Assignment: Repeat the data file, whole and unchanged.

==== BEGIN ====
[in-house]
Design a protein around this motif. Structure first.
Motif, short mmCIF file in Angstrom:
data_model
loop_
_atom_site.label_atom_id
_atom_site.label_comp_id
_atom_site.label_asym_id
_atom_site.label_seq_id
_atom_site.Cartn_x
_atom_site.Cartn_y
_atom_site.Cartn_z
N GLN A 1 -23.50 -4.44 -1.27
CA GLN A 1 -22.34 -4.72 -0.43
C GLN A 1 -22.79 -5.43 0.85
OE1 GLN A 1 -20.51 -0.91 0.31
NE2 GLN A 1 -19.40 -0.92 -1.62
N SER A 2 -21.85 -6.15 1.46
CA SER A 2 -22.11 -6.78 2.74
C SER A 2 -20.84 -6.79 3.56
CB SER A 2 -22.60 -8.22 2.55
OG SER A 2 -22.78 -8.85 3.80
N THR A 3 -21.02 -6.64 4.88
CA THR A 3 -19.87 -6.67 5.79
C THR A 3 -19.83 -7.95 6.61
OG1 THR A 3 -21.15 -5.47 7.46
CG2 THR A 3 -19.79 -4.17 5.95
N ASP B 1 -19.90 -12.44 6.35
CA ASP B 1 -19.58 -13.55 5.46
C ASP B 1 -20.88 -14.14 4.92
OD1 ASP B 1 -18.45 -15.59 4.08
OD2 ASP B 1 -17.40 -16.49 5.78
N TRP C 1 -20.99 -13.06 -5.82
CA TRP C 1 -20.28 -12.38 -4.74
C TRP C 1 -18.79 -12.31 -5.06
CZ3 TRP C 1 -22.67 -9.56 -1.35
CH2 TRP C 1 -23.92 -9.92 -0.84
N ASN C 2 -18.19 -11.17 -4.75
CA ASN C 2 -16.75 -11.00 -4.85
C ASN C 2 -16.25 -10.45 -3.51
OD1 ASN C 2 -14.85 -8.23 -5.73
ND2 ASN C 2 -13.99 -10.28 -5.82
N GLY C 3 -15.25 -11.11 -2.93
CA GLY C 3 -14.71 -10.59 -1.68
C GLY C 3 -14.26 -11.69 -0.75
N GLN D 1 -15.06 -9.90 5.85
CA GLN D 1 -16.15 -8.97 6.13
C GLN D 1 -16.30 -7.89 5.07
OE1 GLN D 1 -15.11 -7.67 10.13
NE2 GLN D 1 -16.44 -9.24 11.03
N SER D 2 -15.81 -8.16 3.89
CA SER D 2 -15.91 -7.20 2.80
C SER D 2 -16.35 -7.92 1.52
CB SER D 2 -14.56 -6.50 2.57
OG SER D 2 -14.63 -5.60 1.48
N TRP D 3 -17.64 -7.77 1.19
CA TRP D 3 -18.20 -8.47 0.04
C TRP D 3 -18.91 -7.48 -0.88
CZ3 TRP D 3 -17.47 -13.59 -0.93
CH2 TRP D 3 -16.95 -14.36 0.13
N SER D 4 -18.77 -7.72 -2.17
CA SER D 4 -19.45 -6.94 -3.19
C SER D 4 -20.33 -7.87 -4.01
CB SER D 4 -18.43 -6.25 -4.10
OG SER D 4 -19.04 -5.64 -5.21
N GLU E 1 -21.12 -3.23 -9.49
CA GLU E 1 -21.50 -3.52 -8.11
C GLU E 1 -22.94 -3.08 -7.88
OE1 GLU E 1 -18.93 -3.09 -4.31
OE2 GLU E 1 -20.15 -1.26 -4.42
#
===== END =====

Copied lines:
[in-house]
Design a protein around this motif. Structure first.
Motif, short mmCIF file in Angstrom:
data_model
loop_
_atom_site.label_atom_id
_atom_site.label_comp_id
_atom_site.label_asym_id
_atom_site.label_seq_id
_atom_site.Cartn_x
_atom_site.Cartn_y
_atom_site.Cartn_z
N GLN A 1 -23.50 -4.44 -1.27
CA GLN A 1 -22.34 -4.72 -0.43
C GLN A 1 -22.79 -5.43 0.85
OE1 GLN A 1 -20.51 -0.91 0.31
NE2 GLN A 1 -19.40 -0.92 -1.62
N SER A 2 -21.85 -6.15 1.46
CA SER A 2 -22.11 -6.78 2.74
C SER A 2 -20.84 -6.79 3.56
CB SER A 2 -22.60 -8.22 2.55
OG SER A 2 -22.78 -8.85 3.80
N THR A 3 -21.02 -6.64 4.88
CA THR A 3 -19.87 -6.67 5.79
C THR A 3 -19.83 -7.95 6.61
OG1 THR A 3 -21.15 -5.47 7.46
CG2 THR A 3 -19.79 -4.17 5.95
N ASP B 1 -19.90 -12.44 6.35
CA ASP B 1 -19.58 -13.55 5.46
C ASP B 1 -20.88 -14.14 4.92
OD1 ASP B 1 -18.45 -15.59 4.08
OD2 ASP B 1 -17.40 -16.49 5.78
N TRP C 1 -20.99 -13.06 -5.82
CA TRP C 1 -20.28 -12.38 -4.74
C TRP C 1 -18.79 -12.31 -5.06
CZ3 TRP C 1 -22.67 -9.56 -1.35
CH2 TRP C 1 -23.92 -9.92 -0.84
N ASN C 2 -18.19 -11.17 -4.75
CA ASN C 2 -16.75 -11.00 -4.85
C ASN C 2 -16.25 -10.45 -3.51
OD1 ASN C 2 -14.85 -8.23 -5.73
ND2 ASN C 2 -13.99 -10.28 -5.82
N GLY C 3 -15.25 -11.11 -2.93
CA GLY C 3 -14.71 -10.59 -1.68
C GLY C 3 -14.26 -11.69 -0.75
N GLN D 1 -15.06 -9.90 5.85
CA GLN D 1 -16.15 -8.97 6.13
C GLN D 1 -16.30 -7.89 5.07
OE1 GLN D 1 -15.11 -7.67 10.13
NE2 GLN D 1 -16.44 -9.24 11.03
N SER D 2 -15.81 -8.16 3.89
CA SER D 2 -15.91 -7.20 2.80
C SER D 2 -16.35 -7.92 1.52
CB SER D 2 -14.56 -6.50 2.57
OG SER D 2 -14.63 -5.60 1.48
N TRP D 3 -17.64 -7.77 1.19
CA TRP D 3 -18.20 -8.47 0.04
C TRP D 3 -18.91 -7.48 -0.88
CZ3 TRP D 3 -17.47 -13.59 -0.93
CH2 TRP D 3 -16.95 -14.36 0.13
N SER D 4 -18.77 -7.72 -2.17
CA SER D 4 -19.45 -6.94 -3.19
C SER D 4 -20.33 -7.87 -4.01
CB SER D 4 -18.43 -6.25 -4.10
OG SER D 4 -19.04 -5.64 -5.21
N GLU E 1 -21.12 -3.23 -9.49
CA GLU E 1 -21.50 -3.52 -8.11
C GLU E 1 -22.94 -3.08 -7.88
OE1 GLU E 1 -18.93 -3.09 -4.31
OE2 GLU E 1 -20.15 -1.26 -4.42
#